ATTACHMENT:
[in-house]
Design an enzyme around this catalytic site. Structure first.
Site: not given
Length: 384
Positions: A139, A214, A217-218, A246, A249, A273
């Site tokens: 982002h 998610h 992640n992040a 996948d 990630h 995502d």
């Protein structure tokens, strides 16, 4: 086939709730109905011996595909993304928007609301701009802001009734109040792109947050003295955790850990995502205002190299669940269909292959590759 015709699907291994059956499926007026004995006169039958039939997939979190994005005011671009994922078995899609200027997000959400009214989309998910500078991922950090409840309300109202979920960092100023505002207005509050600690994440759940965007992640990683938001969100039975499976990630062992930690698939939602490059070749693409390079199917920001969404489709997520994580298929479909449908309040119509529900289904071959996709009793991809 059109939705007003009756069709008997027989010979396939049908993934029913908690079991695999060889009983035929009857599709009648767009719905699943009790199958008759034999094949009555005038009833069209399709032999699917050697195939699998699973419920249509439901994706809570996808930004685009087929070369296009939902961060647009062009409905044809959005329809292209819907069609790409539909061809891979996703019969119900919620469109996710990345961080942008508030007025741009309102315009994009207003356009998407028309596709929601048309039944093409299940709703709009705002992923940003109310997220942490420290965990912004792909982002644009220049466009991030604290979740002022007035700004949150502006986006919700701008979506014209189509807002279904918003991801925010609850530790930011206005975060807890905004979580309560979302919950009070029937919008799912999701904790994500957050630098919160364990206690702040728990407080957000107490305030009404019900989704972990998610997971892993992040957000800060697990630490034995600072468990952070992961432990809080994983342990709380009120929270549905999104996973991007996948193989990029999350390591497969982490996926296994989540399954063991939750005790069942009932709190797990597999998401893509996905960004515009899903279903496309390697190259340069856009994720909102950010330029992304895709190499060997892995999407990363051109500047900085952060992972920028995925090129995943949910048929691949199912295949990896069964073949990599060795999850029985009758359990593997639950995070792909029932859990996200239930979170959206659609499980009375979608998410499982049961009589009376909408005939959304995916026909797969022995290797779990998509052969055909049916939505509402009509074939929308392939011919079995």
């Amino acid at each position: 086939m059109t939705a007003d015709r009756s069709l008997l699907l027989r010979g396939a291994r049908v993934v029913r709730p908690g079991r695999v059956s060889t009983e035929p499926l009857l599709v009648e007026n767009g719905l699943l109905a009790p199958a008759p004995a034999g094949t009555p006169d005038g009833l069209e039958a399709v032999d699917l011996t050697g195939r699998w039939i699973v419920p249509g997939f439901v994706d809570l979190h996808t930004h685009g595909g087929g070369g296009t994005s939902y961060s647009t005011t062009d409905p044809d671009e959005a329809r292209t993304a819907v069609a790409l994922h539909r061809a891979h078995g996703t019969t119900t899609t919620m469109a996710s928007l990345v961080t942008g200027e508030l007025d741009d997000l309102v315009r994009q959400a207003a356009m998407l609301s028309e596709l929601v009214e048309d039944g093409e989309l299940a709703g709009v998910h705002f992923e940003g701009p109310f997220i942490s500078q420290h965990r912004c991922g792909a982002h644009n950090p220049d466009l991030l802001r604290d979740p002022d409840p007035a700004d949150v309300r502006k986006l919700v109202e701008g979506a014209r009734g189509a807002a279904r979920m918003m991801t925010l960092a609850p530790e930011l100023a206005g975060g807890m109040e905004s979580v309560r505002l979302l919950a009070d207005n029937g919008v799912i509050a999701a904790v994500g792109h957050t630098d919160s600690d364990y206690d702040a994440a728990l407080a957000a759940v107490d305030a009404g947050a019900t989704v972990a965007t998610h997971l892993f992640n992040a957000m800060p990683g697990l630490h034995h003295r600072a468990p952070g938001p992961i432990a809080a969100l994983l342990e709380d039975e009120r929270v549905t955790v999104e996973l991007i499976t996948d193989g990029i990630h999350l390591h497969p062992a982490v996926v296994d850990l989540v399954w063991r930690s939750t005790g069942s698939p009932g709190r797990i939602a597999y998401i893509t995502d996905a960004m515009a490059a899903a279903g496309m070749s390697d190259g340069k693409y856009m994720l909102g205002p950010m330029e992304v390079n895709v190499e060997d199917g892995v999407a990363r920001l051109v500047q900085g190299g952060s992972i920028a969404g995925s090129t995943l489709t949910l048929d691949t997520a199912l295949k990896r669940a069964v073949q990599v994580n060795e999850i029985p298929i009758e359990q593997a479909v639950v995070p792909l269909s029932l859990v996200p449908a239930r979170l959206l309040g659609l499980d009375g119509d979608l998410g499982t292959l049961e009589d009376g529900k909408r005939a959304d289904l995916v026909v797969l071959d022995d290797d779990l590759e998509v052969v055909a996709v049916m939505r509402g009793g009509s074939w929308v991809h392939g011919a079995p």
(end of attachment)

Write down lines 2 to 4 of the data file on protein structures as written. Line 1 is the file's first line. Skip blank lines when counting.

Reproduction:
Design an enzyme around this catalytic site. Structure first.
Site: not given
Length: 384